A new scientific analysis concludes that the European Food Safety Authority's (EFSA) claim that glyphosate is not genotoxic cannot be justified on the basis of manufacturers’ studies. Of the 53 industry-funded studies used for the EU’s current authorization of glyphosate, 34 were identified as "not reliable", 17 as "partly reliable" and only 2 studies as "reliable" from a methodological point of view.
The first publicly available database providing an overview of the chemicals that can be used in the processing of food contact materials and articles was released today , accompanied by a peer-reviewed scientific article . The database has been compiled by a group of eminent scientists in the field, based on their analysis of 67 relevant and publicly available lists, and suggests that 12,285 chemical substances could possibility be used worldwide to make such materials and articles.
Highlights of the database include the following:
- Out of the 12,285 chemicals identified, 608 hold hazardous properties and are considered by researchers to be priorities for further assessment and/or substitution from use in food contact materials and articles.
- An additional 1,411 substances are also highlighted as being of concern, based on the analysis of predictive hazard data such as in silico modelling or literature analysis, and despite these not being covered by official hazard classifications at present time.
- For over a quarter of the substances identified in the database, no hazard information is available from the resources reviewed, suggesting a concerning safety data gap.
This scientific database illustrates the impressive work that independent scientists have been carrying for years in an effort to better characterise the properties of the numerous chemicals at play in materials and articles coming in contact with our food, and their potential migration therein. In contrast, the regulatory pace has been too slow.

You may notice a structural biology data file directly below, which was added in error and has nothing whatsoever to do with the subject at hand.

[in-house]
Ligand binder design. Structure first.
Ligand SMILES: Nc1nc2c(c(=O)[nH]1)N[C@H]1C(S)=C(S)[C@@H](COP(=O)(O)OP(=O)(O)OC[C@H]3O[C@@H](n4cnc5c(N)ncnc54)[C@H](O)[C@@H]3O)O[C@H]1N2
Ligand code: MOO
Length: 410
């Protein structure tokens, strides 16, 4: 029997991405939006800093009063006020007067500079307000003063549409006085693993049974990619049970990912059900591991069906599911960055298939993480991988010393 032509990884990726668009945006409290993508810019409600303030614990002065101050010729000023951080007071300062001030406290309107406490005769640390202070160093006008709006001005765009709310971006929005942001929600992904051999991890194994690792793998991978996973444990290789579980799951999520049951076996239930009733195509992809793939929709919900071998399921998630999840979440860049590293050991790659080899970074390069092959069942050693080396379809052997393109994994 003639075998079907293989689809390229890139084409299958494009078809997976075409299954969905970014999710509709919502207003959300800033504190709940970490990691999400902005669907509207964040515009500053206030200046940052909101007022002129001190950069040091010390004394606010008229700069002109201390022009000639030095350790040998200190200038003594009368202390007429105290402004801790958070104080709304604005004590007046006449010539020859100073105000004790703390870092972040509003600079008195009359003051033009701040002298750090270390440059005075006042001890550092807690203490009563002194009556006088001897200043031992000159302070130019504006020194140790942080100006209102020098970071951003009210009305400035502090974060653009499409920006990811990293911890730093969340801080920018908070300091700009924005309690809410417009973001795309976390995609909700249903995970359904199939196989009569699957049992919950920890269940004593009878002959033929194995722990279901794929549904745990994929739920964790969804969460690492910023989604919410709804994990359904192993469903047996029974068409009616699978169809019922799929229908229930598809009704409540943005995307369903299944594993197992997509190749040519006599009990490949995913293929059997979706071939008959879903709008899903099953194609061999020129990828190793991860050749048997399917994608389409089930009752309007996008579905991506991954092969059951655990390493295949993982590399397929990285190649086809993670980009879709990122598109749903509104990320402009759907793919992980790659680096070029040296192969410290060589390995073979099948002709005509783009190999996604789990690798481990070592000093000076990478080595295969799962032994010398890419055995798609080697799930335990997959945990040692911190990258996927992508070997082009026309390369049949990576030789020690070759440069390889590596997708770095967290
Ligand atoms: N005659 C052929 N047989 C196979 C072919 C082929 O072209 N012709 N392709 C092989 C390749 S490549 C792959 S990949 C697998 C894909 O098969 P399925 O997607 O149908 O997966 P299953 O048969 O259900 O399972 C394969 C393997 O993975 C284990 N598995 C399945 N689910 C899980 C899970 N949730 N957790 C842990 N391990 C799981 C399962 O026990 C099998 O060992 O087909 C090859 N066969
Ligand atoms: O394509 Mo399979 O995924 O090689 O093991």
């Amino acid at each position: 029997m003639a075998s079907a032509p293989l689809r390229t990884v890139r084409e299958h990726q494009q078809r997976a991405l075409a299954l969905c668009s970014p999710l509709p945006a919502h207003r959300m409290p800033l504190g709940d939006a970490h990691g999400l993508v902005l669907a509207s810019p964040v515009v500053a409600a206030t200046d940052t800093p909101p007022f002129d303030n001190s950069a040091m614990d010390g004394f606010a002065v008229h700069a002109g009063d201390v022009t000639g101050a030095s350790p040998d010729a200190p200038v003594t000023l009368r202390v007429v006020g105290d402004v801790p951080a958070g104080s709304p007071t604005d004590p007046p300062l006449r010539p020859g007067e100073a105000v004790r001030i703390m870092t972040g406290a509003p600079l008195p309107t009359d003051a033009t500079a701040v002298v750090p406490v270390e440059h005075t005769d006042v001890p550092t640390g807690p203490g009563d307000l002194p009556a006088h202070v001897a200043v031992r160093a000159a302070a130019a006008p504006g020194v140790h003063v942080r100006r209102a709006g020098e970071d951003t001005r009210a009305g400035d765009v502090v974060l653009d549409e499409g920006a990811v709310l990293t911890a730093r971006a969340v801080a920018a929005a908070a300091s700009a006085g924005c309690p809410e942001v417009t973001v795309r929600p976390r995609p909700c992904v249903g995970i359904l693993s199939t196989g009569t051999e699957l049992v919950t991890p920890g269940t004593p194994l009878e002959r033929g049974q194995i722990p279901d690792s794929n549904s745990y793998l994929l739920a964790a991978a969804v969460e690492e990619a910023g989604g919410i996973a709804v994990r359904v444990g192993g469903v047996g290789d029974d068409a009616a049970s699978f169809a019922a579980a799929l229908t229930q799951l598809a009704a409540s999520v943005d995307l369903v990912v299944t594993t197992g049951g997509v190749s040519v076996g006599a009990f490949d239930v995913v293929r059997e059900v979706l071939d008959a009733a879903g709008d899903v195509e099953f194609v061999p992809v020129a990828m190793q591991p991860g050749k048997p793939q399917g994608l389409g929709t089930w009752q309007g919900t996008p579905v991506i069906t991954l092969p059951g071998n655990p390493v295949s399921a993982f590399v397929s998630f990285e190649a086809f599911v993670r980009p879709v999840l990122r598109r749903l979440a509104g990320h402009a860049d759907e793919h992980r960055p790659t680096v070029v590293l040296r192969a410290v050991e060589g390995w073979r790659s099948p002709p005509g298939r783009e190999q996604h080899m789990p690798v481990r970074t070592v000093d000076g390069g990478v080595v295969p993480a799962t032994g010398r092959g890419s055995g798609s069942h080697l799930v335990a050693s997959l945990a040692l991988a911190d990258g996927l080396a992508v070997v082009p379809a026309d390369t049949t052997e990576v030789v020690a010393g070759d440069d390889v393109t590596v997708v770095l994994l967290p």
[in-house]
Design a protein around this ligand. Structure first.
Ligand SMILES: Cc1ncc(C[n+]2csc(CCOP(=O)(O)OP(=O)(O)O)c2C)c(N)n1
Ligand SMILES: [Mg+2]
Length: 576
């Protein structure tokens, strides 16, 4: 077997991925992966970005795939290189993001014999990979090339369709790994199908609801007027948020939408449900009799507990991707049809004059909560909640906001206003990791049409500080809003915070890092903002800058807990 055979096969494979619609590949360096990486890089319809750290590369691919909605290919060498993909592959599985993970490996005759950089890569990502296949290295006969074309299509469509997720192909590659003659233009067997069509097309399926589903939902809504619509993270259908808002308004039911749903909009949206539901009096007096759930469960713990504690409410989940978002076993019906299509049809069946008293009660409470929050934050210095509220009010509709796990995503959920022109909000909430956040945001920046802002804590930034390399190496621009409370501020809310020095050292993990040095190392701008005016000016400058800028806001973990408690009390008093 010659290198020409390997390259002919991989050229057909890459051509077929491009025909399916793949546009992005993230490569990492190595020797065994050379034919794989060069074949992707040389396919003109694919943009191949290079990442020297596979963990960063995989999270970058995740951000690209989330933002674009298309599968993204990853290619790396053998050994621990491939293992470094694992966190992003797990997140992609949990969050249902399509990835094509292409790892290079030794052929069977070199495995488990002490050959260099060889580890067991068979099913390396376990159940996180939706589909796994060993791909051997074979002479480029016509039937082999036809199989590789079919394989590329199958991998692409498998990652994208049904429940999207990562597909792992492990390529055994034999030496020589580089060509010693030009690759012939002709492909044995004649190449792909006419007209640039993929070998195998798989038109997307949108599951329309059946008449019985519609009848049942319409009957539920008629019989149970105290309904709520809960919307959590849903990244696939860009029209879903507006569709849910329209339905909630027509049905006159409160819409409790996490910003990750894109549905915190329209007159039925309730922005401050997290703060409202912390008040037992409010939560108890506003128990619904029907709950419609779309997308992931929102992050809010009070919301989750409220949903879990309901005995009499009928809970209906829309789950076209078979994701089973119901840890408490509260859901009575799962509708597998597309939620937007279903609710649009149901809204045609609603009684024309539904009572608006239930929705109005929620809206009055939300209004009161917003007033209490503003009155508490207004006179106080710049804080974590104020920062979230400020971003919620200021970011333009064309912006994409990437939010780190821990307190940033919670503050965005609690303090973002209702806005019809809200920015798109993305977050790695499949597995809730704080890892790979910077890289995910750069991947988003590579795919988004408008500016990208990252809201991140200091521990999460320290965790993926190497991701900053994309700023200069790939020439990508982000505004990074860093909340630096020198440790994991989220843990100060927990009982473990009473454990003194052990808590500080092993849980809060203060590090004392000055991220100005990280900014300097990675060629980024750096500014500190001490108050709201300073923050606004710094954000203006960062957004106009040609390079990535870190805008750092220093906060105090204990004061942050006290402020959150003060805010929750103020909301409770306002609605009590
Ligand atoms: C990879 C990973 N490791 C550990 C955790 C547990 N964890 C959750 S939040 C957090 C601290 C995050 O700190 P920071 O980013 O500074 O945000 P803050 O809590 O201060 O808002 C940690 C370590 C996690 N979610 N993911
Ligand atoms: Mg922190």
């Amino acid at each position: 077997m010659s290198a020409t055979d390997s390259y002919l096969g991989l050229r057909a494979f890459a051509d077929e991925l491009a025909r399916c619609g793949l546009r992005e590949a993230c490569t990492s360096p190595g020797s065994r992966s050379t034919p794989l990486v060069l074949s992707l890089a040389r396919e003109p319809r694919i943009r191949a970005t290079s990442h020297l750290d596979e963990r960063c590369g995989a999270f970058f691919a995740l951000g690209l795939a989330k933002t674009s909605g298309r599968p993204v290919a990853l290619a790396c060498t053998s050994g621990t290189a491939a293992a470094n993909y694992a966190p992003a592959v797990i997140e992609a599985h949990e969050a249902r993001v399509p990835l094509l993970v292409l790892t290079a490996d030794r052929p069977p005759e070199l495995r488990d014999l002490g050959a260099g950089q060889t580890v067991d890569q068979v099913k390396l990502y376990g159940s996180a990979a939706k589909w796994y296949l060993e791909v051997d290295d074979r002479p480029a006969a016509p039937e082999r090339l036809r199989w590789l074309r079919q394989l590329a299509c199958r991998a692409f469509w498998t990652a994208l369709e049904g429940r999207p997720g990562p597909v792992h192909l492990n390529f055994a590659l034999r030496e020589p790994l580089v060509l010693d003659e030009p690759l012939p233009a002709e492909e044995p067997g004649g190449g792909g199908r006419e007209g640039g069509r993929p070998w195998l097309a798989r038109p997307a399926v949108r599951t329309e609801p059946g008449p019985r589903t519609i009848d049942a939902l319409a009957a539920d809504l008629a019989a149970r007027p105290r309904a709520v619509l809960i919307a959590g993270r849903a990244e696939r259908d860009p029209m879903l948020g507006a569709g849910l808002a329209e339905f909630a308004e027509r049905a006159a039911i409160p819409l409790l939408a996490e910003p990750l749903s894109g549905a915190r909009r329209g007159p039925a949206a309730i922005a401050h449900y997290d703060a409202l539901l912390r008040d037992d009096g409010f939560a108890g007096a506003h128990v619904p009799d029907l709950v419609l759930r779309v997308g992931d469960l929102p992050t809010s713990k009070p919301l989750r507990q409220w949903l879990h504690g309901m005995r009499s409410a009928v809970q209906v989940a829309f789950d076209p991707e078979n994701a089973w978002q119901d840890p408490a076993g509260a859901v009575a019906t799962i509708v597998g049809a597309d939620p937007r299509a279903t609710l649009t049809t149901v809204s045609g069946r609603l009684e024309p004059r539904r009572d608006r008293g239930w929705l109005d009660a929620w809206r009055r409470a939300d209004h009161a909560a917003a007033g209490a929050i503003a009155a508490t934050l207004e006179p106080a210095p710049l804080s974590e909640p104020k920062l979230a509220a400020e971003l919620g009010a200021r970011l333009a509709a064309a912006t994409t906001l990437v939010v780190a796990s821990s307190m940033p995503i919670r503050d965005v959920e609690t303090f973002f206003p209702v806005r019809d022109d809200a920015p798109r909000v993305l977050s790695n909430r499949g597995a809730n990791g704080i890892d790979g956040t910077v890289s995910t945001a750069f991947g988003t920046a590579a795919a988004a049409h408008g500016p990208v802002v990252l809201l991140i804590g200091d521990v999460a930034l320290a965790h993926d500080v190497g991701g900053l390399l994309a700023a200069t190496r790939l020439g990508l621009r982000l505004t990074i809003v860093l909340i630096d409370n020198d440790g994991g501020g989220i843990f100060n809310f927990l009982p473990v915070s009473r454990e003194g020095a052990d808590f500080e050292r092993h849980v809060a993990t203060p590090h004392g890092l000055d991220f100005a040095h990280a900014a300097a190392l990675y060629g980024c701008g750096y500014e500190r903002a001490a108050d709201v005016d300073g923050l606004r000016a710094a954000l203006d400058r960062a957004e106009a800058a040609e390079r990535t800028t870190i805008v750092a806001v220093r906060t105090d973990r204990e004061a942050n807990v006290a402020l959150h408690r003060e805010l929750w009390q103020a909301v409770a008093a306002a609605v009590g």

Natacha Cingotti, Senior Policy Officer on Health and Chemicals at the Health and Environment Alliance (HEAL), said: “This database unfortunately confirms that today many of the substances that can be used in materials and articles coming in contact with our food are hazardous, that critical safety data are missing for regulatory assessments, and therefore it points to the urgent need to upgrade the European regulatory framework for food contact materials. The implementation of the recently agreed Chemicals Strategy for sustainability and the forthcoming revision of the regulation must address these issues.”
The database is being released at a critical point in time from both scientific and regulatory points of views. In March this year, a scientific consensus statement on the impacts of food contact chemicals on human health pointed to the reduction of exposure to such chemicals as a prevention tool to the development of chronic diseases  .
Moreover, in the context of the European Green Deal, the European Commission has committed to reducing human exposure to chemicals of concern, partly through its recently released Chemicals Strategy for Sustainability as well as through the revision of the framework regulation on food contact materials. An inception impact assessment on the latter is expected to be launched by the end of 2020 .